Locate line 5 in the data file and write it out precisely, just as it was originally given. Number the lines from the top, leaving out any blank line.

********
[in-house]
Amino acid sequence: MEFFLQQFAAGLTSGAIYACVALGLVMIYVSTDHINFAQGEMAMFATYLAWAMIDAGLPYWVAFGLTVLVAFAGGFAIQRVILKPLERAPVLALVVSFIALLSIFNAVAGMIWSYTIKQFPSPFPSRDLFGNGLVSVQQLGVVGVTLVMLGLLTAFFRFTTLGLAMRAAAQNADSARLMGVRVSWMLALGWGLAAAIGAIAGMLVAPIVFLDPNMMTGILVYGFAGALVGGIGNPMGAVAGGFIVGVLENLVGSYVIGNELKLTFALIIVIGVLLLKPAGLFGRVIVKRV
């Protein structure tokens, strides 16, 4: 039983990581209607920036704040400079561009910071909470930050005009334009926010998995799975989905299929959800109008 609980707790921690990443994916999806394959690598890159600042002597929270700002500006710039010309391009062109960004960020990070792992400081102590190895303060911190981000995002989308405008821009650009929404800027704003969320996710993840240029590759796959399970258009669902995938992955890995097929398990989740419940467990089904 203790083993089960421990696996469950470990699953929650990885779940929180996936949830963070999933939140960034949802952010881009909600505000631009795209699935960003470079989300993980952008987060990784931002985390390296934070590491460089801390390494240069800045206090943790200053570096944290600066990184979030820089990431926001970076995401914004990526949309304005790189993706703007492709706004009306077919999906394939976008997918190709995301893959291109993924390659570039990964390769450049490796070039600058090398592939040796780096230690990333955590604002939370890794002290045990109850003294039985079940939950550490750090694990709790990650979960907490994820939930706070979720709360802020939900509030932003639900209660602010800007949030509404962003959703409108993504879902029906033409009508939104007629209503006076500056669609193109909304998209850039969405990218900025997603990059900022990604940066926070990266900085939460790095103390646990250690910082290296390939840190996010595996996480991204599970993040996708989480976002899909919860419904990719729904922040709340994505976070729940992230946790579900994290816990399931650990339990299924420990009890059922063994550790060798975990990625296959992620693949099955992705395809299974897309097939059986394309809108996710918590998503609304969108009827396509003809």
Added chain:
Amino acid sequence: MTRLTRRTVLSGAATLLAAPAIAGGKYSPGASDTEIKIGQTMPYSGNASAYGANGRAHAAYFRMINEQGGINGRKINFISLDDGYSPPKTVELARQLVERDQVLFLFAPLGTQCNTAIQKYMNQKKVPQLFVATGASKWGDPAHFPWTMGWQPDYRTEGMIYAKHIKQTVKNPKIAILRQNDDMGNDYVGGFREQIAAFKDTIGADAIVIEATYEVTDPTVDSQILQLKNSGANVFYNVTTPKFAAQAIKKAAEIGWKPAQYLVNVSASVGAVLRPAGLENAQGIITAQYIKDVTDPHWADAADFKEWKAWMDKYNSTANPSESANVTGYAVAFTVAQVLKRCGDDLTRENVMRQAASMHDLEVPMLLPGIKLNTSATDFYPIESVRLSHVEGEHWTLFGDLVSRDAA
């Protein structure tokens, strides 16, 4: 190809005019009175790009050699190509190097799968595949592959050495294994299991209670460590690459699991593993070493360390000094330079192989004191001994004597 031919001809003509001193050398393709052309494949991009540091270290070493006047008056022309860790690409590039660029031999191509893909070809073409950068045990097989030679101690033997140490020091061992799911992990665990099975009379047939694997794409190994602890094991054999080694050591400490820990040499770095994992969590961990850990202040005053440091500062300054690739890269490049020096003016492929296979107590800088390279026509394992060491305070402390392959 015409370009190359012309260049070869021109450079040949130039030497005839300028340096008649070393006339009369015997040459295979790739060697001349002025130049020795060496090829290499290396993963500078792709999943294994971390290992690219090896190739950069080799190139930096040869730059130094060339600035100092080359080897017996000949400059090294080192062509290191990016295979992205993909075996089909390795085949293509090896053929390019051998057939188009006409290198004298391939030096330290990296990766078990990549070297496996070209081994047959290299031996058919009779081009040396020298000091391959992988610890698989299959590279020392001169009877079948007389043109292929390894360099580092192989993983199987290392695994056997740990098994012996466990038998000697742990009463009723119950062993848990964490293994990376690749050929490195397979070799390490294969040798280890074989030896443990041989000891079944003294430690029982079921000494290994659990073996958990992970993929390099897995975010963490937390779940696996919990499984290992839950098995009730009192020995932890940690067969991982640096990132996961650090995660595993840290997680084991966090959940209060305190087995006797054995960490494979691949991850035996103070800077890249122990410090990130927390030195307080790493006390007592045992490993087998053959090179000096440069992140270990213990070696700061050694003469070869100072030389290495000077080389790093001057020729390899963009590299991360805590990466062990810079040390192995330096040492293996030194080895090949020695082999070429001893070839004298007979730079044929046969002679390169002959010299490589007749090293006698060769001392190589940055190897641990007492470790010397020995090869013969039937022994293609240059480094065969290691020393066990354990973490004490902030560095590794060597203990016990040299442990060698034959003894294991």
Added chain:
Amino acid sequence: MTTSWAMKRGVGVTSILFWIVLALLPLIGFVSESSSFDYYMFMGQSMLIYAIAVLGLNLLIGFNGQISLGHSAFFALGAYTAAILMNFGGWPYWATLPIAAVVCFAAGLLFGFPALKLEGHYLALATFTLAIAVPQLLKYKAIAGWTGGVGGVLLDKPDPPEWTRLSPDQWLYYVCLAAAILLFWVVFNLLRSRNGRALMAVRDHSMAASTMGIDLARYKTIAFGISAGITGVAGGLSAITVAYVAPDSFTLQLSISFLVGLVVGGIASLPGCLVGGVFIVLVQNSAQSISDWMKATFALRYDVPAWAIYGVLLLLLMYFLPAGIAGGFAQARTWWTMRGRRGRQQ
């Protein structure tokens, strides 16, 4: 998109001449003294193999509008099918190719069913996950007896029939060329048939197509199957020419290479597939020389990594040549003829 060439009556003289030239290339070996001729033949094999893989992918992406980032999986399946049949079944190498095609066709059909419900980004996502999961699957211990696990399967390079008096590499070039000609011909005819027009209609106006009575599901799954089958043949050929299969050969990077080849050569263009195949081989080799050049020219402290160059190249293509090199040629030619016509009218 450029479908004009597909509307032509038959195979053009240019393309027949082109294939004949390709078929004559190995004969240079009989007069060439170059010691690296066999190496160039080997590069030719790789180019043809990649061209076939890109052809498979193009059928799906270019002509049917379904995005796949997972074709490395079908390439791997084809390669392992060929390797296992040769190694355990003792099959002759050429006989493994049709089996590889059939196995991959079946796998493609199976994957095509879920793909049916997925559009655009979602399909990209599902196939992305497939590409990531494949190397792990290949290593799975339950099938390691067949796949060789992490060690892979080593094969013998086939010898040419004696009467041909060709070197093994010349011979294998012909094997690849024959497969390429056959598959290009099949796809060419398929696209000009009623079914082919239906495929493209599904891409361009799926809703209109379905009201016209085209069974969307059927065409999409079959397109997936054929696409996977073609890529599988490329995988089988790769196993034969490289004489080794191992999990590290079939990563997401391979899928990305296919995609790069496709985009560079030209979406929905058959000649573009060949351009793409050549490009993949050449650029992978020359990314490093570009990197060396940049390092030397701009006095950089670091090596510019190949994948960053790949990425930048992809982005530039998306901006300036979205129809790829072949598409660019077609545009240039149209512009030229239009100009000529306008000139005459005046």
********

Amino acid sequence: MTRLTRRTVLSGAATLLAAPAIAGGKYSPGASDTEIKIGQTMPYSGNASAYGANGRAHAAYFRMINEQGGINGRKINFISLDDGYSPPKTVELARQLVERDQVLFLFAPLGTQCNTAIQKYMNQKKVPQLFVATGASKWGDPAHFPWTMGWQPDYRTEGMIYAKHIKQTVKNPKIAILRQNDDMGNDYVGGFREQIAAFKDTIGADAIVIEATYEVTDPTVDSQILQLKNSGANVFYNVTTPKFAAQAIKKAAEIGWKPAQYLVNVSASVGAVLRPAGLENAQGIITAQYIKDVTDPHWADAADFKEWKAWMDKYNSTANPSESANVTGYAVAFTVAQVLKRCGDDLTRENVMRQAASMHDLEVPMLLPGIKLNTSATDFYPIESVRLSHVEGEHWTLFGDLVSRDAA